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2. We have the following reprt about someone finding the cave

I came to a small cave. Looking into this i saw the floor strewn with empty cartridge cases, also shreds of a red serge jacket. Evidently some poor 24th man had defended himslf and made a stand here, In searching about 100 yards below the summit i came across a human skeleton with a rope round the neck. After fetching our doctor from the camp i asked if the remains were those of a white or black man. He replied undoutedly a white man."



My opinion

It happened Idea


Cheers
DB14
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PostSubject: Re: The last survivor at Isandhlwana   Thu Dec 08, 2011 7:40 pm

This from the supposedly reliable website:

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"When the situation at Isandlwana seemed hopeless, Lieutenant-Colonel Pulleine ordered Melvill to save the Colour. He was accompanied by Coghill, he having......"

Myths like this were - and still are - allowed to run and run. No one witnessed this order of course, but it suited and still suits white middle class England and the government of the day to believe that this is what happened. Pulleine hiding and M and C fleeing the battle on horseback when they were most needed by the men under their command are far less palatable, no?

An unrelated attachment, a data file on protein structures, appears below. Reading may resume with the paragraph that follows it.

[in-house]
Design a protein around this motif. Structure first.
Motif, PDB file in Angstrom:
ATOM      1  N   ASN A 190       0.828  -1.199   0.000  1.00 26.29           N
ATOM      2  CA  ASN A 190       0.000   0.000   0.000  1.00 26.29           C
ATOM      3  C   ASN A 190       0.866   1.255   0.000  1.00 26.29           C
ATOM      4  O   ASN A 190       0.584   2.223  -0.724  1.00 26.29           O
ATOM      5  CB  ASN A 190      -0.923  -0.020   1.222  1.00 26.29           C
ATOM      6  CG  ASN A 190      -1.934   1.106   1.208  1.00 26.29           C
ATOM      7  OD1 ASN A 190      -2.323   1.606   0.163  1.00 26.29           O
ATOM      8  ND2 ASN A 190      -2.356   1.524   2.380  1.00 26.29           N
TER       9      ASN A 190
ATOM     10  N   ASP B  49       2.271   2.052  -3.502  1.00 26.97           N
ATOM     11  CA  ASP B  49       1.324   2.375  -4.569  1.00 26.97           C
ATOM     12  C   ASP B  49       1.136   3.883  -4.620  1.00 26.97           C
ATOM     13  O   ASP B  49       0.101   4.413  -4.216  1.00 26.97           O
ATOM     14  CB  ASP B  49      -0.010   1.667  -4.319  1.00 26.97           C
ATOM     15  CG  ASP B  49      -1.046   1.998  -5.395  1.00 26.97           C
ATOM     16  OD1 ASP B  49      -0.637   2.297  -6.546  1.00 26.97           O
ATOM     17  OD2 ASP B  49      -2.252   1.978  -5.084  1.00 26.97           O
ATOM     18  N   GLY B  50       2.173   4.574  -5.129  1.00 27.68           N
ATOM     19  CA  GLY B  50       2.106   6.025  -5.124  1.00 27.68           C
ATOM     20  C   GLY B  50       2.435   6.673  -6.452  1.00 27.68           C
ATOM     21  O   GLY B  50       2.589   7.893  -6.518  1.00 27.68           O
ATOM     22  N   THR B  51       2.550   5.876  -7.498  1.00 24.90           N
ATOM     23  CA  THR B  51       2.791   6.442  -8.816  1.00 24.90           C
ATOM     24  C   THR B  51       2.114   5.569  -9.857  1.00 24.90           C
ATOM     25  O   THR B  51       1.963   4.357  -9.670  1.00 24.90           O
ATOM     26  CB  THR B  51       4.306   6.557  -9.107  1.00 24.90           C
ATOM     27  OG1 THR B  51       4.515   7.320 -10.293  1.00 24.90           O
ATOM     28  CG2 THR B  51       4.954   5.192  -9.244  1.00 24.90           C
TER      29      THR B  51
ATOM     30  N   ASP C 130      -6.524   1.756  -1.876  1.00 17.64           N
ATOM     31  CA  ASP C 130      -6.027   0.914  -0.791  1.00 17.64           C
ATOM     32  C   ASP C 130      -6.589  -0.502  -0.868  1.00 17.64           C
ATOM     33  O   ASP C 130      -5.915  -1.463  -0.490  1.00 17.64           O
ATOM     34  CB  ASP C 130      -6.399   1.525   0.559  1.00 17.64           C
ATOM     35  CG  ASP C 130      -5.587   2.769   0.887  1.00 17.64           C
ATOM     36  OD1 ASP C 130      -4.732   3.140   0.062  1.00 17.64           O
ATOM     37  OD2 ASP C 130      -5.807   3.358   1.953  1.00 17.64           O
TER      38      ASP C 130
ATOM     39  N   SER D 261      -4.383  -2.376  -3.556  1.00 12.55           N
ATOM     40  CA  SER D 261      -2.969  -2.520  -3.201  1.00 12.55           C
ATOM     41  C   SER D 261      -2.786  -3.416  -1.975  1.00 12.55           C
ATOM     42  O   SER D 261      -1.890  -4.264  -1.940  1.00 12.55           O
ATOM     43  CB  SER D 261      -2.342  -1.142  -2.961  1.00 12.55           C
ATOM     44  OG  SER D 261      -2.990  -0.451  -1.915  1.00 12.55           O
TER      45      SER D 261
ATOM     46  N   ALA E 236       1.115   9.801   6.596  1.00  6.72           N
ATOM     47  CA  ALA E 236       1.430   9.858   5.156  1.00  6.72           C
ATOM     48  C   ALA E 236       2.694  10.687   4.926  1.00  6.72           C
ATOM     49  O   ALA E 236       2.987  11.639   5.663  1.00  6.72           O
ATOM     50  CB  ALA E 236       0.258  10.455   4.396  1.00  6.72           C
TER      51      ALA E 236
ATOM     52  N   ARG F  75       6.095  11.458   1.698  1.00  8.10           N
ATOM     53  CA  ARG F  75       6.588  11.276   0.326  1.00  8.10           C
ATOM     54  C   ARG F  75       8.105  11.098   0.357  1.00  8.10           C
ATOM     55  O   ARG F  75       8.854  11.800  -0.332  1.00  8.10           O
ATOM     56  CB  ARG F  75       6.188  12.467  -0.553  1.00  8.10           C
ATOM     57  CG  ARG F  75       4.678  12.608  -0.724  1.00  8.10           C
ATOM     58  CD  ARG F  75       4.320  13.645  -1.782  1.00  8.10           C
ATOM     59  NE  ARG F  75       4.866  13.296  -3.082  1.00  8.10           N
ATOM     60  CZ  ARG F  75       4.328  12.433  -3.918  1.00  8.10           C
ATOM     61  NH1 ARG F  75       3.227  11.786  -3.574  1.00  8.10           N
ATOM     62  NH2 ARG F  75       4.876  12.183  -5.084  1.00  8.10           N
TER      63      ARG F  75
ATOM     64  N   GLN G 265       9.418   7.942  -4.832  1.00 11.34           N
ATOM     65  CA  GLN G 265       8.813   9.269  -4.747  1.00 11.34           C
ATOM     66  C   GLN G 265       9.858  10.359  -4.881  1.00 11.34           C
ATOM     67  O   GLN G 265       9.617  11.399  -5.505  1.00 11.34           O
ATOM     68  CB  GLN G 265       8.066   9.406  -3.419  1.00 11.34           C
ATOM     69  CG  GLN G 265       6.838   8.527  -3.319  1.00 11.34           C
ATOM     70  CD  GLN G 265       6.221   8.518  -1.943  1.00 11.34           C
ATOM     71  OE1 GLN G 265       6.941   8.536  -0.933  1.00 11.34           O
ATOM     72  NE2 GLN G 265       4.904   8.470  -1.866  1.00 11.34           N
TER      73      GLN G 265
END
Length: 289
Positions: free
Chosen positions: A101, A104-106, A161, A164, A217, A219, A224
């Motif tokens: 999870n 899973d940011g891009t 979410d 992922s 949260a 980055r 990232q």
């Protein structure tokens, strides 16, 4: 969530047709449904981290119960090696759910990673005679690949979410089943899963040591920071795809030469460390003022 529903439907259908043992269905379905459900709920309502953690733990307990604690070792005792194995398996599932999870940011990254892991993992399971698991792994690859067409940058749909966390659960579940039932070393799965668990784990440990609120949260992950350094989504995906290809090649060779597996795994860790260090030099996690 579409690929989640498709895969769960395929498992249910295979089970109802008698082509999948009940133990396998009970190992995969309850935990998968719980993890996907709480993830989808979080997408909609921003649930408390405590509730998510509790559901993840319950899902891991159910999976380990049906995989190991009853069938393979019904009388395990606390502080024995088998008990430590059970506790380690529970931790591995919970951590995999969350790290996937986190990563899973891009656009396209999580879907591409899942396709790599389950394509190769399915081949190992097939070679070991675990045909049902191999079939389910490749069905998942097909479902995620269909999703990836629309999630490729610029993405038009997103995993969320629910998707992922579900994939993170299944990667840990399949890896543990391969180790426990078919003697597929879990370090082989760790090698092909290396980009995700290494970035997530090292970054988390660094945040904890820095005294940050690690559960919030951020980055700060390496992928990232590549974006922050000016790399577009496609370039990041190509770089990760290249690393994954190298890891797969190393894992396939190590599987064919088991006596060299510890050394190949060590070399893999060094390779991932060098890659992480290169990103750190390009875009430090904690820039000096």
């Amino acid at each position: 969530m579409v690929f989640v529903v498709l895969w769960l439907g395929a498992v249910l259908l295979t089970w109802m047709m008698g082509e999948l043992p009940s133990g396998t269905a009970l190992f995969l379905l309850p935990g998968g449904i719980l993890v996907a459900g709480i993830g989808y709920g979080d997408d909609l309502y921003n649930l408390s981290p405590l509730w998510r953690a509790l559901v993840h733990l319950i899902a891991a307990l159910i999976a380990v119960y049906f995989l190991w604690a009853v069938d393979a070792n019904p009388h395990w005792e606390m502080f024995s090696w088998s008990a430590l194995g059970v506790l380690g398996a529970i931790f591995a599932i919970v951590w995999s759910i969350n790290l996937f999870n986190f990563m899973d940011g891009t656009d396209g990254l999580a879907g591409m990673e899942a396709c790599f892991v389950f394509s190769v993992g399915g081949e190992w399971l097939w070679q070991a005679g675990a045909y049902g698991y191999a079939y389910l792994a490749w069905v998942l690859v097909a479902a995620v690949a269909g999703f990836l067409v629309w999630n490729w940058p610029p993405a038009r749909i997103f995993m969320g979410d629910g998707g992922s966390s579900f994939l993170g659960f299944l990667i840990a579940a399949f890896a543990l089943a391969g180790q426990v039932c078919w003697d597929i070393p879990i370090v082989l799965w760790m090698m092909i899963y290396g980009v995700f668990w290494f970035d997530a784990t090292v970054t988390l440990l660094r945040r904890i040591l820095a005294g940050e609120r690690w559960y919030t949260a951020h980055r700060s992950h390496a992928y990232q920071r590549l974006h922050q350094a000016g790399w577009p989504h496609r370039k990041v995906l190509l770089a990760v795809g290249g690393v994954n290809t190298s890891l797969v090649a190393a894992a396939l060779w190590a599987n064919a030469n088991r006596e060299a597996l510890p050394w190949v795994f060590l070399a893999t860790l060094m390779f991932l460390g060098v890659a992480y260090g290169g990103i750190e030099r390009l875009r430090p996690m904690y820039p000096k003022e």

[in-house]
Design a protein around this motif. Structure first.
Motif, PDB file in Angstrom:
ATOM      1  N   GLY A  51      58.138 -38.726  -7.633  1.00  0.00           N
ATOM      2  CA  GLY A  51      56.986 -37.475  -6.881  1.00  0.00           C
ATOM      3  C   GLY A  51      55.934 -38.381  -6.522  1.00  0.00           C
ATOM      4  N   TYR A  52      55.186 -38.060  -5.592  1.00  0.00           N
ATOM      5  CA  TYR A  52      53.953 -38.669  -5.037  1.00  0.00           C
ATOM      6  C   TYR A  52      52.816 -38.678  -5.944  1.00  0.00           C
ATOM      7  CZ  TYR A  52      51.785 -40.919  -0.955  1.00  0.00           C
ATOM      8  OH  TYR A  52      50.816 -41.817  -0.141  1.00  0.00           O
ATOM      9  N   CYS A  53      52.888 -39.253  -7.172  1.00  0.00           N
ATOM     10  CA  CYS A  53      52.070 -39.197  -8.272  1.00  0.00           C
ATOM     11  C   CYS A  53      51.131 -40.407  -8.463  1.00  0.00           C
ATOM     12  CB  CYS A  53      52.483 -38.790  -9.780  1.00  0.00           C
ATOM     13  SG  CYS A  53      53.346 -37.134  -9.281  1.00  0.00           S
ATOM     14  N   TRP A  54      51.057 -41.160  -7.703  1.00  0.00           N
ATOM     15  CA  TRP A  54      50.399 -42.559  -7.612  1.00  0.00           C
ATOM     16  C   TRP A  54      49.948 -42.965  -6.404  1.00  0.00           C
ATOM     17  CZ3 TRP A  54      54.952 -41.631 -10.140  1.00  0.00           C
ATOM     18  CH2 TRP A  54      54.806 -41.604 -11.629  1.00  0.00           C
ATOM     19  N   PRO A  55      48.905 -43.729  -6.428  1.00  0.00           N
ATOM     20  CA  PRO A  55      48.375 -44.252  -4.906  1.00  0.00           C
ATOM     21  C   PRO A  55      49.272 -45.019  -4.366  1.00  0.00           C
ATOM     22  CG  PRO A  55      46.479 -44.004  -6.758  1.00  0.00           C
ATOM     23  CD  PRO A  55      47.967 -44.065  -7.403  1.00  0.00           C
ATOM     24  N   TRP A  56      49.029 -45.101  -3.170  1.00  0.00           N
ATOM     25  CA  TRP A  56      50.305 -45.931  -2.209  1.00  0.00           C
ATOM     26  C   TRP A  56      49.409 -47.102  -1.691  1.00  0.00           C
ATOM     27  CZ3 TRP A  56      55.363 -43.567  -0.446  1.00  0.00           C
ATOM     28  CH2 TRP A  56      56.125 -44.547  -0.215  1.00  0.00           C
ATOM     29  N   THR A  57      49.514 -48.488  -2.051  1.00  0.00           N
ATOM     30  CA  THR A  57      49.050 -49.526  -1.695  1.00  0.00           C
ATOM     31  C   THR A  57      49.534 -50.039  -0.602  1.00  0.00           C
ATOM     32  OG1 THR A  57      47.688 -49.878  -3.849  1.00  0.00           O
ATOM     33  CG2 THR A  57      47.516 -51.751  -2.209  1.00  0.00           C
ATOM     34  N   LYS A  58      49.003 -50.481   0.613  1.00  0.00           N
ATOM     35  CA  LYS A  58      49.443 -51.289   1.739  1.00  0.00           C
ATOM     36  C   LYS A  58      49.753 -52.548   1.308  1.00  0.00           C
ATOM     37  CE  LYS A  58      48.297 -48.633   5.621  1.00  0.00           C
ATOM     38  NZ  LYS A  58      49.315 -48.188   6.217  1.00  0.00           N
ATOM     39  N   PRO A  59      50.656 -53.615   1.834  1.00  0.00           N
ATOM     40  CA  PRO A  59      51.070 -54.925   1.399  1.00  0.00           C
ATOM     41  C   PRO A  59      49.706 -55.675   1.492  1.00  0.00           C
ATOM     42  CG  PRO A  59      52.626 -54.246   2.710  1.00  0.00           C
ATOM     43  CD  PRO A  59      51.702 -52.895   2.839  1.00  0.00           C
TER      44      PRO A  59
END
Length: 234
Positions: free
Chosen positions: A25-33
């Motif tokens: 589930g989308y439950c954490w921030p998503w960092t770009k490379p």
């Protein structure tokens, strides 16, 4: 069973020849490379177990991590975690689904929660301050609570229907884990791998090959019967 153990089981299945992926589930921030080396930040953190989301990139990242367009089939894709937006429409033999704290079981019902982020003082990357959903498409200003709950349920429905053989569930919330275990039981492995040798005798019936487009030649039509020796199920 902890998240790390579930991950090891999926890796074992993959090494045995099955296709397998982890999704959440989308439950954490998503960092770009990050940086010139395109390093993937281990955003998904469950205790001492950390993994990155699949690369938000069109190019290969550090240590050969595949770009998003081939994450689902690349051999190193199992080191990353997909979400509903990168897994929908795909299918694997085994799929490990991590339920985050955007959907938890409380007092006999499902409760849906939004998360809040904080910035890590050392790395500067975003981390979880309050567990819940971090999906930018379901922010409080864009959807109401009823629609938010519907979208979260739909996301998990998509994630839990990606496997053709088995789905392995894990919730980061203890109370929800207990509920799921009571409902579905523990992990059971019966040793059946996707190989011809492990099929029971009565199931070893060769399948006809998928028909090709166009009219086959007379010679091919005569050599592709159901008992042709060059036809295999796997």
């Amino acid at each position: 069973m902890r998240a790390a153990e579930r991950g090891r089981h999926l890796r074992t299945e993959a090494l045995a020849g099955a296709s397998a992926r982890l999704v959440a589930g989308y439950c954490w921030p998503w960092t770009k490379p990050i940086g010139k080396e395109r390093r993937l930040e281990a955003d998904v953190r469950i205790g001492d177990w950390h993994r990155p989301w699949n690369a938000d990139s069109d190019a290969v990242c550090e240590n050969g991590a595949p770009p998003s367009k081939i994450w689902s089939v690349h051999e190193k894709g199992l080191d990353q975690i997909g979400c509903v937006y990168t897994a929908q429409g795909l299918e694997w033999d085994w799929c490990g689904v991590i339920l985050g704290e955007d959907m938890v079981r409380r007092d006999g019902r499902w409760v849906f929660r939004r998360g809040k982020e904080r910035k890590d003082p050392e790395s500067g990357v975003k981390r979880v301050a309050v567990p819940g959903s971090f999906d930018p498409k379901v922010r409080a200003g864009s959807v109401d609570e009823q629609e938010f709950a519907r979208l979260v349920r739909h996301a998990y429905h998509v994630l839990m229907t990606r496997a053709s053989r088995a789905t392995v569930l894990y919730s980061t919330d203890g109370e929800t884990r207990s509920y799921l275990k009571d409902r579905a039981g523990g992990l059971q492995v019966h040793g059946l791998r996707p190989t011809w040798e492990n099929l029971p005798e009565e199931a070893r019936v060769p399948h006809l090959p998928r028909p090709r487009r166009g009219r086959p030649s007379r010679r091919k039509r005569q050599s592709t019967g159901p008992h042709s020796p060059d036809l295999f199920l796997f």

Of course, as I have mentioned before, Zulu witness accounts are deemed shall we say, less reliable by white middle class English and settler society in particular. Draw your own conclusions as to why.
For example, the perfectly plausible account of the last 24th soldier in the cave, the perfectly plausible account of the Zulu warrior who claimed to have slotted Pulleine whilst he was sitting at his desk in his tent, writing a letter in the heat of the battle. (Probably more likely than him fighting heroically, in my opinion).
But these are Zulu accounts. Accounts we do not want to believe.
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PostSubject: Re: The last survivor at Isandhlwana   Thu Dec 08, 2011 7:59 pm

Tasker the warrior did not make refrence to Pulliene Idea



It could have been any officer he killed






Cheers
DB14
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John

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PostSubject: Re: The last survivor at Isandhlwana   Thu Dec 08, 2011 10:18 pm

Pure speculation and Victorian Dramatisation. It keeps the civilians happy a Breakfast.
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PostSubject: Re: The last survivor at Isandhlwana   Thu Dec 08, 2011 10:28 pm

Then why was the cave littered with Cartridge Cases Suspect Suspect Suspect
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PostSubject: Re: The last survivor at Isandhlwana   Thu Dec 08, 2011 10:51 pm

Quote :
Then why was the cave littered with Cartridge Cases.

Was there though.
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PostSubject: Re: The last survivor at Isandhlwana   Thu Dec 08, 2011 11:00 pm

The painter.